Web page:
DNA-fingerprinting and DNA-databanks
by Detlef Nogala
By the end of this century DNA-analysis is playing the role in forensics that fingerprinting has had at the end of the last one. Police seems to hold an instrument in their hands, that not only speeds up investigations and convictions, but makes it more likely to solve a crime even when an actual suspect is missing. The advantages expected by the police are contrasted by the costs of the new technology, both in financial as in civil liberties terms, when genetic mass searches and forensic DNA-databanks are becoming more common.

Surveillance Technologies in the United States
by David Banisar
Privacy is under constant threat from new technologies. These technologies can more easily identify, locate, and analyse individuals’ activities and create comprehensive dossiers of their lives. Legal and political responses have thus far been inadequate to deal with the new problems. The article describes recent developments in the US.

Widespread Videosurveillance in Great Britain
by Clive Norris and Gary Armstrong

This article presents an overview of the rise and the widespread use of CCTV surveillance schemes in inner-city areas in the UK. Issues of legal regulation are discussed as well as those of efficiency and effectiveness against a broader background of empirical examinations. Referring to their own research, the authors analyse how observation are carried out in the surveillance centres, who are the targets of surveillance, and what are the operators’ motives for the selection of their objects. According to their findings, targets are selected not because of their criminal behaviour, but on the grounds of outfit and social status. Young black and poor men are most likely to fall under closer observation.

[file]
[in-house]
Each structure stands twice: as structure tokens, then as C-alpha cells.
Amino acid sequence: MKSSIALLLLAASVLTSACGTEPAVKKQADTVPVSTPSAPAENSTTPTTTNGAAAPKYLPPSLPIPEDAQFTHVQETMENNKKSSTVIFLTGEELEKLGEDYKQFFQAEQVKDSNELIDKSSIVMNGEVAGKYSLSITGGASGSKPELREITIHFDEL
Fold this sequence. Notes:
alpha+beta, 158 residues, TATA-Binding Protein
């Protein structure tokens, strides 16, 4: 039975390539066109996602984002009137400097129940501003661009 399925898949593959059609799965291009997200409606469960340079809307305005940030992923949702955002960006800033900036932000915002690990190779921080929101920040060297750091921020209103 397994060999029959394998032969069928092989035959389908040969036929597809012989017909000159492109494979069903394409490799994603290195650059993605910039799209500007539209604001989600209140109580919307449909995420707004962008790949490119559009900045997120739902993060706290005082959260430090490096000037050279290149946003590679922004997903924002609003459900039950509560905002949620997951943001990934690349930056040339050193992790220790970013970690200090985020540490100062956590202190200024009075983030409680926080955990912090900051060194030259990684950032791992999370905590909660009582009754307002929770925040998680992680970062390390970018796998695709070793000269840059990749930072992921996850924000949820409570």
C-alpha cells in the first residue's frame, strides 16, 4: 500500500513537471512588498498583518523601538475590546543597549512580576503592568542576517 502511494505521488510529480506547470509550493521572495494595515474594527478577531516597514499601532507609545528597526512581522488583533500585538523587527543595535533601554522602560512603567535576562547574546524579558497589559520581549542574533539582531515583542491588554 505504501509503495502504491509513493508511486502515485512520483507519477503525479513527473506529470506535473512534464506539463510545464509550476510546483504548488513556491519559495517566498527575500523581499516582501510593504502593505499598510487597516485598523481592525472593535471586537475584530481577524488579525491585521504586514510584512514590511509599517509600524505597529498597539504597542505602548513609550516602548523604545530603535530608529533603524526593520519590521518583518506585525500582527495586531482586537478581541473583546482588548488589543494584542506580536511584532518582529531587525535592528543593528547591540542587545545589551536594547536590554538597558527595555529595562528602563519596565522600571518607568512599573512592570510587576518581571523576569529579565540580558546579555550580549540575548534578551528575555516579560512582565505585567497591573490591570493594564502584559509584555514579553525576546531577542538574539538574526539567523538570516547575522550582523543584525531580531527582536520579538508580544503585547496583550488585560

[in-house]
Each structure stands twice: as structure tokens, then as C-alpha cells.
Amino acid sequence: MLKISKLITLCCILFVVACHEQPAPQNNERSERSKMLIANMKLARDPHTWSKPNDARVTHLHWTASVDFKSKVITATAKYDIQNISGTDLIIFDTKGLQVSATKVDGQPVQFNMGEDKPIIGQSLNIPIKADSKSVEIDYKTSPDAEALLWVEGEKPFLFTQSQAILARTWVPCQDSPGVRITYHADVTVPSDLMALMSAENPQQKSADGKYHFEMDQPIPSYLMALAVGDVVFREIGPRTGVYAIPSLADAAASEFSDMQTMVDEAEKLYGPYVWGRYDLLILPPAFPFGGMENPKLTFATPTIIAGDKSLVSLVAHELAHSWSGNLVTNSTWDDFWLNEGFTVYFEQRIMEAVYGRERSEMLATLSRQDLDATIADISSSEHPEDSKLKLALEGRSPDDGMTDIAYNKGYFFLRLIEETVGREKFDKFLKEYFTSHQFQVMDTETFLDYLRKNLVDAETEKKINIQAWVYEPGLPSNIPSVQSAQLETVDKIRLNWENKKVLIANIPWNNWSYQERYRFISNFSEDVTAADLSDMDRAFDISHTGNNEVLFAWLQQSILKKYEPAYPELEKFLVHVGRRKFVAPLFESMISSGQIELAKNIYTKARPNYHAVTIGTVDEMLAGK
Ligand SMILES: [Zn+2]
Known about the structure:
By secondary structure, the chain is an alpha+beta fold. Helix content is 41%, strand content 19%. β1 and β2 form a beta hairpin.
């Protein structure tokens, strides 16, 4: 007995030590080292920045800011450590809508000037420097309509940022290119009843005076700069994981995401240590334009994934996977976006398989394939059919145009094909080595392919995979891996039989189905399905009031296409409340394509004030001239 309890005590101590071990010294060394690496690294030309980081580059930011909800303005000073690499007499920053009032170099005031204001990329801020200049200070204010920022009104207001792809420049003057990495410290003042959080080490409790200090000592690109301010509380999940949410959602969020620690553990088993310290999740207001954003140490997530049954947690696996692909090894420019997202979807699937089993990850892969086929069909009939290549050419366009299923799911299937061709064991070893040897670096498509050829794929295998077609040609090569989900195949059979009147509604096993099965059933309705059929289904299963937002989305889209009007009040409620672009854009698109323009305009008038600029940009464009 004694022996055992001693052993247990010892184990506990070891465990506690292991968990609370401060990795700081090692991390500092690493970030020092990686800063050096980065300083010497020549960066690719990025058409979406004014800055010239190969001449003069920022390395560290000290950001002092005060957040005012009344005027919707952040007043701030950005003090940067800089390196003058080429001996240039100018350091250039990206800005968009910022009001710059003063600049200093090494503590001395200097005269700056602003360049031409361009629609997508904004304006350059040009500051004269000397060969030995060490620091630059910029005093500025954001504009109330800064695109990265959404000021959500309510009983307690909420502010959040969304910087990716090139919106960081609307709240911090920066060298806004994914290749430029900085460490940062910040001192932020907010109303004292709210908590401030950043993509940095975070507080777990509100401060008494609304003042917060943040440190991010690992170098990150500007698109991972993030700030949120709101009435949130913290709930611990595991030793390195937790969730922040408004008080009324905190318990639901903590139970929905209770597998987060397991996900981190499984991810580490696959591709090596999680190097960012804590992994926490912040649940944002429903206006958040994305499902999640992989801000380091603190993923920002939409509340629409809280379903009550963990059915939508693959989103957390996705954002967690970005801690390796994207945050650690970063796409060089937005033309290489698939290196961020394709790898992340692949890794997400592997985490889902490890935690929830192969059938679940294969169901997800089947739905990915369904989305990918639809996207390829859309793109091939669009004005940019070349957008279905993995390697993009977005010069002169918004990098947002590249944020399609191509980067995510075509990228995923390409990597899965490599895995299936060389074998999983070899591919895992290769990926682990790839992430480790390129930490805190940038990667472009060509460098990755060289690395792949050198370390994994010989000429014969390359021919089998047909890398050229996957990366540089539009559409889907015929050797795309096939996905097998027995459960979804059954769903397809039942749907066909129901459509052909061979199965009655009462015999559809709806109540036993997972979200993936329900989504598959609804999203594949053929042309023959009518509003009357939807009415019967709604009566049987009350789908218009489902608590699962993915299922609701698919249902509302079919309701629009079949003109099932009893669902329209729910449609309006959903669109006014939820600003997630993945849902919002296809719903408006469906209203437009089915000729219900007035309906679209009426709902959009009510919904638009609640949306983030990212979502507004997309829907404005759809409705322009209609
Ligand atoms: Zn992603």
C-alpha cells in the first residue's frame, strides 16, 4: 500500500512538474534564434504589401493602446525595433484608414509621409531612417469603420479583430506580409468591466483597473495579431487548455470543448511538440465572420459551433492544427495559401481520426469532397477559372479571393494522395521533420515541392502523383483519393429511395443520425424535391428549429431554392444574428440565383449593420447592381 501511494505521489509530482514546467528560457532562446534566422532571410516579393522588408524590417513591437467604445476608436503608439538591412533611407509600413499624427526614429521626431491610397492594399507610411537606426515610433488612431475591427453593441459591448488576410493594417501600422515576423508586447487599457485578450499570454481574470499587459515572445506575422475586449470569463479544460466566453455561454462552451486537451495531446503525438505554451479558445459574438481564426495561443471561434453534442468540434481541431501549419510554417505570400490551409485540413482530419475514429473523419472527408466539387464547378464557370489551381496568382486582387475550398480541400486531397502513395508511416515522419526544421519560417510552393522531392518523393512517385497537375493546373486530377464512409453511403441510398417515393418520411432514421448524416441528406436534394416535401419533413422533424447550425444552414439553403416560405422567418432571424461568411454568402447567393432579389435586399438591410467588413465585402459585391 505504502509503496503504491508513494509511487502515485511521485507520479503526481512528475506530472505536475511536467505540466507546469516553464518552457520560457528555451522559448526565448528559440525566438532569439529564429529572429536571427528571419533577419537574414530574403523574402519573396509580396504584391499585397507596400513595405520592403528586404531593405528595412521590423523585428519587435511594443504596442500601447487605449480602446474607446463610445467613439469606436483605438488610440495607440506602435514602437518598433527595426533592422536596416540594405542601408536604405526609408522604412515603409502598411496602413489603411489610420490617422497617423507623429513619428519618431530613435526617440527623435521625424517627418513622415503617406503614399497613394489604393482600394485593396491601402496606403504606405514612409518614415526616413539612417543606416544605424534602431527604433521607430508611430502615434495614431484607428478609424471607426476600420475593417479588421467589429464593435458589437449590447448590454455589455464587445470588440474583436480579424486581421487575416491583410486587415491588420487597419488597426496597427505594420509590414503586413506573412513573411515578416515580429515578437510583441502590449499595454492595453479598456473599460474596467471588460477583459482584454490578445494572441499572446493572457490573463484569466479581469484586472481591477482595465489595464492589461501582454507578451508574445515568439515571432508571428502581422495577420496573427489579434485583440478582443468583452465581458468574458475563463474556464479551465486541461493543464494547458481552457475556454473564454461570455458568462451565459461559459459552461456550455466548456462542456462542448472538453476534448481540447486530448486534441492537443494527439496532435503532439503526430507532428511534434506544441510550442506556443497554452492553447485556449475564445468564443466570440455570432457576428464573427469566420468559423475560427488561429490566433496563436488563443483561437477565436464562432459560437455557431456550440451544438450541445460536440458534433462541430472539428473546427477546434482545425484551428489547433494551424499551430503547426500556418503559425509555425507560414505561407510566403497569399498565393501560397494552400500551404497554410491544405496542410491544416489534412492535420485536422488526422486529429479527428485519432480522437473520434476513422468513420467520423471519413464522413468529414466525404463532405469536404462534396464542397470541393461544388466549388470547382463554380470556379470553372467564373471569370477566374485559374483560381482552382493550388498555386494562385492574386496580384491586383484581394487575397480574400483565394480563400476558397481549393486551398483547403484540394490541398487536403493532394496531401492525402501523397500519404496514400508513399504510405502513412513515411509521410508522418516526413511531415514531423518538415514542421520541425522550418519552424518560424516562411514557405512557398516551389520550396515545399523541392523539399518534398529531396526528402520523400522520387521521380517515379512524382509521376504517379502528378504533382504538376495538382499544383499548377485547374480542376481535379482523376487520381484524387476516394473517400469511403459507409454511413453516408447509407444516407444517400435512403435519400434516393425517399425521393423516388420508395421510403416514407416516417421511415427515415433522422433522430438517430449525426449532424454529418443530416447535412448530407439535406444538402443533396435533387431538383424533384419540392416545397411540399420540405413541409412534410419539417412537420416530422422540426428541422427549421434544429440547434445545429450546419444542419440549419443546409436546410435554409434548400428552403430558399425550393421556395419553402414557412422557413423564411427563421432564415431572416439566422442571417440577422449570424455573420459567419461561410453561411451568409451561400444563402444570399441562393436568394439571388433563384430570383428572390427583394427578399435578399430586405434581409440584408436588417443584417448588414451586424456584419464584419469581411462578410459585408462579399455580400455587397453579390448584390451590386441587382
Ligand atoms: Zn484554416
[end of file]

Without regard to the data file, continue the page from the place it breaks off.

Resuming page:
The rising global electronic surveillance state
by Steve Wright
Based on a 1998 report to the European Parliament’s Scientific and Technological Options Assessment Committee, the author shows recent developments in surveillance technologies and intelligence concepts. He presents two different international networks for the surveillance of telecommunication: the ECHELON-system, which is the product of co-operation between the US-National Security Agency and British intelligence services, and the plans forwarded by the FBI and its partners in the Third pillar of the European Union. There is a real risk for these systems to become a state unto themselves, completely unaccountable to any parliament and beyond control by the public.

Freedom or Security?
by Frédéric Ocqueteau

Traditionally, in social sciences there has been a firm implicit nexus between the concepts of freedom and security. In the light of the contemporary development of police and security technologies, the author challenges this assumption from the perspective of the citizens’ interest in defending their civil liberties against police forces invading those freedoms under the pretext of producing more security. The article discusses the use of modern technology by the police and the ways how citizens are trying to keep their freedoms.